'Juno' star grounded in non-Hollywood life

Juno is a monster.

The little independent comedy about a pregnant teenager was the second-highest-grossing movie in North America last weekend, ahead of such big-studio holiday hits as I Am Legend and Alvin and the Chipmunks. It's well past $50 million at the box office, and there's no end in sight.


The word-of-mouth smash is simultaneously gaining serious awards momentum, especially for its 20-year-old star, Ellen Page. The petite Canadian is charming everybody as the smart, tart-tongued expectant mother. And for the unpretentious Page, who still lives in her anywhere-but-Hollywood hometown of Halifax, it's all pretty unbelievable.

"Very much so," Page, soft-spoken and looking funky chic in a camel-colored suit jacket, jeans and red high-tops, says. "I come from Nova Scotia, so it's very surreal. But I'm very glad that people are responding so well to this film. I'm just excited that a character like Juno is getting out into the world."


As for her Oscar chances, the indie-minded Page, whose only big-time Hollywood experience was playing mutant heroine Kitty Pryde in the most recent X-Men movie, gives the expected shrug.

"It's crazy," she says with a mild laugh. "I try not to think about it. It's obviously not why I'm an actor. But it's all very exciting, though it's a hard thing to even wrap your head around."

The daughter of a graphic designer and a teacher, Page enjoyed acting in elementary-school plays but really didn't know what she was getting into when she auditioned for a locally produced television movie, Pit Pony, at age 10. That led to an award nomination and a regular role on a spinoff series of the telefilm.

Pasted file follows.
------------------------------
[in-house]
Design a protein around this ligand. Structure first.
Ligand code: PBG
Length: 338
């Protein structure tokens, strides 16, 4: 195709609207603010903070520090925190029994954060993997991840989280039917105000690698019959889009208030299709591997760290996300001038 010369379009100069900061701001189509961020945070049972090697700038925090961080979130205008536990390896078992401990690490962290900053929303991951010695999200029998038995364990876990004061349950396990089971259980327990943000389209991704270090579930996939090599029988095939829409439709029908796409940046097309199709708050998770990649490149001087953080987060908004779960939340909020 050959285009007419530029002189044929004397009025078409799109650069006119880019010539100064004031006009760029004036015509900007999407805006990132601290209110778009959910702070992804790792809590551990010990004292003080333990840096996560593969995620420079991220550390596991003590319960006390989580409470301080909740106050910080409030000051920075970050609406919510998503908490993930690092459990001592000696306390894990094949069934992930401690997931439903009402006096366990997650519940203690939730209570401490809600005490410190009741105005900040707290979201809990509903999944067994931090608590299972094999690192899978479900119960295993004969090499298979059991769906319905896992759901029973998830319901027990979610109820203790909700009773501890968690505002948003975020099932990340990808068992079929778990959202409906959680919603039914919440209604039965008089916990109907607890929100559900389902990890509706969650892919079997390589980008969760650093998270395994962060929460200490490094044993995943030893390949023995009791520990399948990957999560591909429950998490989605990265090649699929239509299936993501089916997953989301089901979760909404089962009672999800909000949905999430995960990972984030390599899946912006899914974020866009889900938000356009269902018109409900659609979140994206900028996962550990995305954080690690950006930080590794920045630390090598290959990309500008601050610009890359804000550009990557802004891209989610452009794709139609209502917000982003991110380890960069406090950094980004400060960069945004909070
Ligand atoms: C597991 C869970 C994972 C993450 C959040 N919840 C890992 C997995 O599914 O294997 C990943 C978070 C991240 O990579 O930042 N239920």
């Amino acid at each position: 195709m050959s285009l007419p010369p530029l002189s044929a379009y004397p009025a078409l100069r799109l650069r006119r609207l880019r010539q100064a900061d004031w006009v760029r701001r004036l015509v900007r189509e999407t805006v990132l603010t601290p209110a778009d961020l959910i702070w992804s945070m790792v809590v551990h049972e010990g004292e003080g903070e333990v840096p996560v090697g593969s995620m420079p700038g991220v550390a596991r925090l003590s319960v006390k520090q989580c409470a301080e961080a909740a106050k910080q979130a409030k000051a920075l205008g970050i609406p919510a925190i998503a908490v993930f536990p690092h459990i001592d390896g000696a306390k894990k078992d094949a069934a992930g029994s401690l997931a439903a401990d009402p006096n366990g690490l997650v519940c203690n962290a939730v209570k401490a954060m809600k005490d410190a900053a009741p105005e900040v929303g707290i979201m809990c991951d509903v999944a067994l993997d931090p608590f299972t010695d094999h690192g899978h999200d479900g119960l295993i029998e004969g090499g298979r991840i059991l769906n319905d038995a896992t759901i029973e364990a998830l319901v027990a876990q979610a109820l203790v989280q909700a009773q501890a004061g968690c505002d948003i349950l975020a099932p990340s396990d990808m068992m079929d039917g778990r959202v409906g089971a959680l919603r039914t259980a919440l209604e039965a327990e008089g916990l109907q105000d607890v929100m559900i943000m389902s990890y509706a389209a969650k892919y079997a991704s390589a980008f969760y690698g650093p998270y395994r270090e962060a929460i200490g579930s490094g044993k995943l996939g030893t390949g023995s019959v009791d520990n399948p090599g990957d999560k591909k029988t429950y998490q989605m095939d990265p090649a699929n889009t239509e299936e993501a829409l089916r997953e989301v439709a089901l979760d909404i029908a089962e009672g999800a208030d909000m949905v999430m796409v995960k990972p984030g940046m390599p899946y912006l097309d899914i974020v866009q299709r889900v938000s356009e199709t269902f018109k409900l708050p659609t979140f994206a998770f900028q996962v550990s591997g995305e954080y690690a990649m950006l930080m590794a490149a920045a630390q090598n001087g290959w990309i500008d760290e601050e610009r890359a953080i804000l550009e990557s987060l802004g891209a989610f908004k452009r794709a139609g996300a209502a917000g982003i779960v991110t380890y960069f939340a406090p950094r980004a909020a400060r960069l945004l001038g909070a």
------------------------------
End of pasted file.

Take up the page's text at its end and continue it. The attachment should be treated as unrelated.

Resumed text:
Though she kept working steadily in Canadian film and TV from that point on, Page continued to nurture her nonshow-biz life, attending a Buddhist high school (though neither she nor her parents practice the faith), playing a wide variety of sports, and hiking and camping around both the Great North and Europe.

American critics got early looks at her riveting screen presence and daring intelligence in the independent films Mouth to Mouth and Hard Candy. Page made an indelible impression in the latter as an adolescent seductress who takes an Internet predator hostage.

Juno director Jason Reitman says he believes that Page's appeal rests in her ability to keep things real, no matter how bizarre or eccentric she's asked to act.

"What makes her truly special is that she's incapable of having dishonest moments," says the Thank You for Smoking filmmaker. "That's what I look for in actors, and it's very easy to have a dishonest take on Diablo's dialogue. Ellen just can't."

Diablo is Juno screenwriter Diablo Cody, the tattooed ex-stripper who fills the mouths of Juno and her friends with hilarious lines and some pretty artificial-sounding teen slang. Page says she had no problems with Cody's outrageous jawbreakers.


"One of the things that I was blown away by when I first read the script was the dialogue," she reveals. "Although it was unique and witty and all of that, to me it felt very fluid, it felt very rhythmic and it felt very organic. And although I didn't speak the exact same way as Juno spoke when I was 16, I definitely had my own unique language with my friends, which was different from how I communicated with my parents and in work environments.